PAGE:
Rice announces tuition for fall 2013

Rice University’s undergraduate tuition for the 2013-14 school year will be $38,260, up 4.5 percent from 2012-13, school officials announced March 15. Mandatory fees will be $681, and room and board will cost $13,000. The total — $51,941 – is up 4.1 percent over the prior year.

“We know paying for college is a challenge for many families, and we are committed to keeping a Rice education affordable and accessible to people from all backgrounds,” said Rice President David Leebron. “At the same time, a relatively modest rise in tuition along with contributions from our endowment and donors allow us to maintain the high quality of research, teaching and services that give our students one of the best educations anywhere.”

Rice’s tuition has historically been about $5,000 to $7,000 less than at peer research universities. Since 2009, freshmen entering Rice who qualify for need-based aid and whose annual family income is $80,000 or less have not been required to take out loans to pay for their education. Student loans for incoming freshmen who have demonstrated financial need are limited to a total of $10,000 for their four undergraduate years at Rice.

Rice increases its financial aid package each year based on the increase in the cost of attendance.

Under its need-blind admission policy, Rice evaluates students’ academic qualifications for admission with no consideration of their financial situation. The university provides a package of financial support that includes grants, loans, scholarships and work-study programs. Sixty-three percent of Rice’s undergraduate students receive some form of financial aid, and nearly 18 percent currently receive federal Pell grants.

Tuition for most graduate students will increase 4.5 percent to $38,260. Tuition for graduate students in music and architecture will be $26,160 and $28,442, respectively. Tuition for students entering the professional masters programs will range from $28,000 for natural sciences to $31,000 for engineering. For students in the MBA program at Rice’s Jones Graduate School of Business, tuition will be $48,500.

“Generous financial aid and the high quality of education for which Rice is known account for the university consistently being named among the top 10 best values among private schools in the country,” said Chris Muñoz, vice president for enrollment.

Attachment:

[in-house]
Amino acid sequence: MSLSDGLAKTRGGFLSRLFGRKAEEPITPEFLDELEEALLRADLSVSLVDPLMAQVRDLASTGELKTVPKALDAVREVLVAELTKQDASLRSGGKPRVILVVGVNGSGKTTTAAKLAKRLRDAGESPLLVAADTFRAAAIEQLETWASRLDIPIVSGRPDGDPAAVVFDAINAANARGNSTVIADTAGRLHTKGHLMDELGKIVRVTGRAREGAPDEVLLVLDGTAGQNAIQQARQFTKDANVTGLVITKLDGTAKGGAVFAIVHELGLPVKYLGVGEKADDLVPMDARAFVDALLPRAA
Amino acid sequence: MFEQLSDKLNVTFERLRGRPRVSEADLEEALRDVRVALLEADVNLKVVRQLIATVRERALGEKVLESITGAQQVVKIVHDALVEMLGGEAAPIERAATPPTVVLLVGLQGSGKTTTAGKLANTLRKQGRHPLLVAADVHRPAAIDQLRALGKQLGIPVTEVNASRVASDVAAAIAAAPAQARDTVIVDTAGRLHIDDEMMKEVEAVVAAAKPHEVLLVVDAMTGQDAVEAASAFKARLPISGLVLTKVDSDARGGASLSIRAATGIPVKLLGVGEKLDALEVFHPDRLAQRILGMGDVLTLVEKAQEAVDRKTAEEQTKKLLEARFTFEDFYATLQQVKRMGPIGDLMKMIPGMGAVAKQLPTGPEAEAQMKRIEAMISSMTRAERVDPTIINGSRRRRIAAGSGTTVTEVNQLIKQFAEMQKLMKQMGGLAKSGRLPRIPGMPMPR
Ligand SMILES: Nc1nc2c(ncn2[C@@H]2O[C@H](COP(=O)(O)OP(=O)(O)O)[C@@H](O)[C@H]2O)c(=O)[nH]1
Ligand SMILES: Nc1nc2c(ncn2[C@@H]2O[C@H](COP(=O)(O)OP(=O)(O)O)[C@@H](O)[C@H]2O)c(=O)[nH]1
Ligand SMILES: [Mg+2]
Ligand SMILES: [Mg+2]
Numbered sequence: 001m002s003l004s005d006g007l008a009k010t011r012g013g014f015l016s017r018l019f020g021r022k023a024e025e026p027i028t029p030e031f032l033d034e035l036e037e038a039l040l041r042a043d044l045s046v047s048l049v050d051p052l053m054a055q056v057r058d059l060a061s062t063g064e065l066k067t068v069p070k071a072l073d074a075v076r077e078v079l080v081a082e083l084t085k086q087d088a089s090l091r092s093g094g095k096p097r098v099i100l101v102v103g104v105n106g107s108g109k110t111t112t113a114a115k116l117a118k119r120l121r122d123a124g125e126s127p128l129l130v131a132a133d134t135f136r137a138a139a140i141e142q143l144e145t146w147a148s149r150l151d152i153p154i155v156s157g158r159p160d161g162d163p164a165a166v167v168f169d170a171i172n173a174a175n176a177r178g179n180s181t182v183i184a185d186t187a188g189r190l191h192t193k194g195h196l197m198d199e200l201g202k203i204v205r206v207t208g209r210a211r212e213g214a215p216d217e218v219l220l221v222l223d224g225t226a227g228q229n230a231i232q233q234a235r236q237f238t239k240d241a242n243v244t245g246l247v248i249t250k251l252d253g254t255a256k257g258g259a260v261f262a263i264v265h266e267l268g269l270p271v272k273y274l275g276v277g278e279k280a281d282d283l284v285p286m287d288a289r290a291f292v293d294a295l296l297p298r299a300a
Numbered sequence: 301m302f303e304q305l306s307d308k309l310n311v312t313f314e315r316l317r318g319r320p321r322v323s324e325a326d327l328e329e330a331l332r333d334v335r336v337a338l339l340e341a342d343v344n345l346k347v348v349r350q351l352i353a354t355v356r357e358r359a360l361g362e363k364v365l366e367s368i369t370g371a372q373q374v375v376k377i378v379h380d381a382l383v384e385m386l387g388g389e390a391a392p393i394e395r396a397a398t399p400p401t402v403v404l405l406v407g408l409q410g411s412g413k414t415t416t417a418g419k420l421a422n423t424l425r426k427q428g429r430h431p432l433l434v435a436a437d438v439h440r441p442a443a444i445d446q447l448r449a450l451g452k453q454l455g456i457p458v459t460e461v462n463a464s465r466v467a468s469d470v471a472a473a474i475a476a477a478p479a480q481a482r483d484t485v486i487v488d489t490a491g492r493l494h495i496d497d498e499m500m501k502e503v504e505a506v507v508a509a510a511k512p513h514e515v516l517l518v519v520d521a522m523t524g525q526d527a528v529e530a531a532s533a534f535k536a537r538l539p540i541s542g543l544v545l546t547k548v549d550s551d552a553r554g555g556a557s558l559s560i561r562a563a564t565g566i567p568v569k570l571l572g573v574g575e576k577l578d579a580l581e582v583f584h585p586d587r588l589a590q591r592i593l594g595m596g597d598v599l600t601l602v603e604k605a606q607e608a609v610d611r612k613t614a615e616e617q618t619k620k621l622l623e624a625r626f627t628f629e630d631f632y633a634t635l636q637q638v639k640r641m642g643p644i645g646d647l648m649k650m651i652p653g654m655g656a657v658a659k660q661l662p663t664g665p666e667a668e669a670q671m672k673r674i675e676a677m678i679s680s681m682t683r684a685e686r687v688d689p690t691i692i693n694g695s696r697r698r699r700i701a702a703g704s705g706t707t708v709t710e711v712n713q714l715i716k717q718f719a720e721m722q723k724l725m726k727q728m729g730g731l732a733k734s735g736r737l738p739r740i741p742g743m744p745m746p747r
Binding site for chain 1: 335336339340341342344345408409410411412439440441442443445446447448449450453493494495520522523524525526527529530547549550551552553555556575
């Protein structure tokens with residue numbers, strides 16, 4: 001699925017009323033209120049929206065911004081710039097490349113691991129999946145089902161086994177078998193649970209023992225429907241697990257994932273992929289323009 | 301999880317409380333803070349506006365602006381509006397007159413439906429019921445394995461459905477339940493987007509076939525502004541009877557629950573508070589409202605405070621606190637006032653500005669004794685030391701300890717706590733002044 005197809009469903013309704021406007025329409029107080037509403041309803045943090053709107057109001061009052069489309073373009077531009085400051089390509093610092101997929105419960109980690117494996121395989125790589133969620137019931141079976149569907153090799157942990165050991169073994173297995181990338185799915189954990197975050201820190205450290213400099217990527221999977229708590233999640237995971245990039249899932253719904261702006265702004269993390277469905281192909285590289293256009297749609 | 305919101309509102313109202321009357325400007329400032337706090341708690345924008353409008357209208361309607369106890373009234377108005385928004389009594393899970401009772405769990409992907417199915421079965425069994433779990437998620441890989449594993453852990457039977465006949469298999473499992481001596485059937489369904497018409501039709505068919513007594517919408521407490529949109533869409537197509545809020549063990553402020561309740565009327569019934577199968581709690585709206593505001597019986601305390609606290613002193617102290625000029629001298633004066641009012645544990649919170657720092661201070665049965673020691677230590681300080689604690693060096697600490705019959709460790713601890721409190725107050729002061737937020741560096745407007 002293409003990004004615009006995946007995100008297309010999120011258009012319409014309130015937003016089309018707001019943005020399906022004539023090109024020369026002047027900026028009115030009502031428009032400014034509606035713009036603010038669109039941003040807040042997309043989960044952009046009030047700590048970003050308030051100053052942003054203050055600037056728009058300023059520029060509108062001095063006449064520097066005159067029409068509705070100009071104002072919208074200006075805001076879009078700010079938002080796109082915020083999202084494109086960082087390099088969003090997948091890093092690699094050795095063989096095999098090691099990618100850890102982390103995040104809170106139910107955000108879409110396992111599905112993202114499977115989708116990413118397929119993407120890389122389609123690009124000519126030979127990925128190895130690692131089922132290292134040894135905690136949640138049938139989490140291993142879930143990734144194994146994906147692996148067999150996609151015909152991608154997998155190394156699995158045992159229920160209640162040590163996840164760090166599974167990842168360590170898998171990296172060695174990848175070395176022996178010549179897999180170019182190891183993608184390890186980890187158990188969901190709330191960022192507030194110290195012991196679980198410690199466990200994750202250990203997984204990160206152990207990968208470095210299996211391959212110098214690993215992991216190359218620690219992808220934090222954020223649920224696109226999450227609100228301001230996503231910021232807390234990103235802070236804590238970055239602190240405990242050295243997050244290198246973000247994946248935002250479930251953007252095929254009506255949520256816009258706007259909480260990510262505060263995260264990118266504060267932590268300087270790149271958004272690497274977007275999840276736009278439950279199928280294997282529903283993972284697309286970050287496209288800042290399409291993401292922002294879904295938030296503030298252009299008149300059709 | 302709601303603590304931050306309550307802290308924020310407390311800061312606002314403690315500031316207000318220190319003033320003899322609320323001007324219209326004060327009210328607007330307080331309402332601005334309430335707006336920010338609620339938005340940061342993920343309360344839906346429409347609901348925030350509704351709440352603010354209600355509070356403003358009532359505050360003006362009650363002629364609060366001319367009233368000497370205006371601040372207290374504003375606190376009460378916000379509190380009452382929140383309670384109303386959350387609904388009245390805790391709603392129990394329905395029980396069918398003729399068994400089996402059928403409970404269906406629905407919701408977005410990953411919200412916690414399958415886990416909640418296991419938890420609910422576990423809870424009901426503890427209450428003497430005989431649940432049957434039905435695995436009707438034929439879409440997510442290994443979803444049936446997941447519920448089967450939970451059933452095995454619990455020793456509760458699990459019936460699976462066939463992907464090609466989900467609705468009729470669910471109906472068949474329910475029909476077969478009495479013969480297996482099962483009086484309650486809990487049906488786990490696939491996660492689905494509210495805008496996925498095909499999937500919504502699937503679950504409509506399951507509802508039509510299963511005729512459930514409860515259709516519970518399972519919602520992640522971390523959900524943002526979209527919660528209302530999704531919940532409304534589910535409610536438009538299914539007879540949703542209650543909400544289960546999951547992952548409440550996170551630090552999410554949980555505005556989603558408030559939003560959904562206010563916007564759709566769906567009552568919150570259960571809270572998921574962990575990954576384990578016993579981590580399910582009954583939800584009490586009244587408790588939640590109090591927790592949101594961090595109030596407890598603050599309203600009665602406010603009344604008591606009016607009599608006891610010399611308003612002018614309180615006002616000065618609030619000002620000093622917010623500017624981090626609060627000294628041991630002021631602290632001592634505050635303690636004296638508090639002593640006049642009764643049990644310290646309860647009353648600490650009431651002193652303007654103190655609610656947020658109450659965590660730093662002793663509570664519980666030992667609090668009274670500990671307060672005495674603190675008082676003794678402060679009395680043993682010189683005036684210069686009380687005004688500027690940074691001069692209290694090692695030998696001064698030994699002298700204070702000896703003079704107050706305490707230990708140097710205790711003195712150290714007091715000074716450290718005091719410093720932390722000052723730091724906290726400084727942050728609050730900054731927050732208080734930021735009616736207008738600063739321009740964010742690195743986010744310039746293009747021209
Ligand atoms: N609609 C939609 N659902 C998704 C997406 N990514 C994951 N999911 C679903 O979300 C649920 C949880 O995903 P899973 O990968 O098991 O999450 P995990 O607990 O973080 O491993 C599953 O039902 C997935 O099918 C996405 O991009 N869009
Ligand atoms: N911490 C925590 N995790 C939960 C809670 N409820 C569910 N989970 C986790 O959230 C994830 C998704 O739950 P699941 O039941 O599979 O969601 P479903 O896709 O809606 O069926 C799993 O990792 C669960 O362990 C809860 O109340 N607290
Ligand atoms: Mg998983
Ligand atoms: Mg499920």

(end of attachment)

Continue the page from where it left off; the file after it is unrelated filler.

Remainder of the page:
Rice is currently ranked No. 2 as a best-value college by Kiplinger’s Personal Finance magazine and No. 7 by the Princeton Review. Rice is also ranked No. 1 for happiest students and No. 2 for best quality of life, best-run college and students’ love of their school in the Princeton Review’s “Best 377 Colleges.”

Rice has 11 residential colleges and over the past five years has added a dining facility, a recreation center, a bioscience research building, a physics building, a renovated athletics facility, an expanded student coffee house, a central pavilion where faculty and students meet for coffee and conversation, a James Turrell skyspace and other public art, and a lighting system for nighttime recreation on several intramural playing fields. The university has also made expansions to its academic programs, including a Center for Written, Oral and Visual Communication, a dual-degree doctoral program in history with the Universidade Estadual de Campinas in Brazil and a bioscience research and health policy track in the Professional Science Master’s Degree program.

For more information on Rice, go to www.rice.edu. For information about its financial-aid programs and to apply, go to www.futureowls.rice.edu.



About B.J. Almond

B.J. Almond is senior director of news and media relations in Rice University's Office of Public Affairs.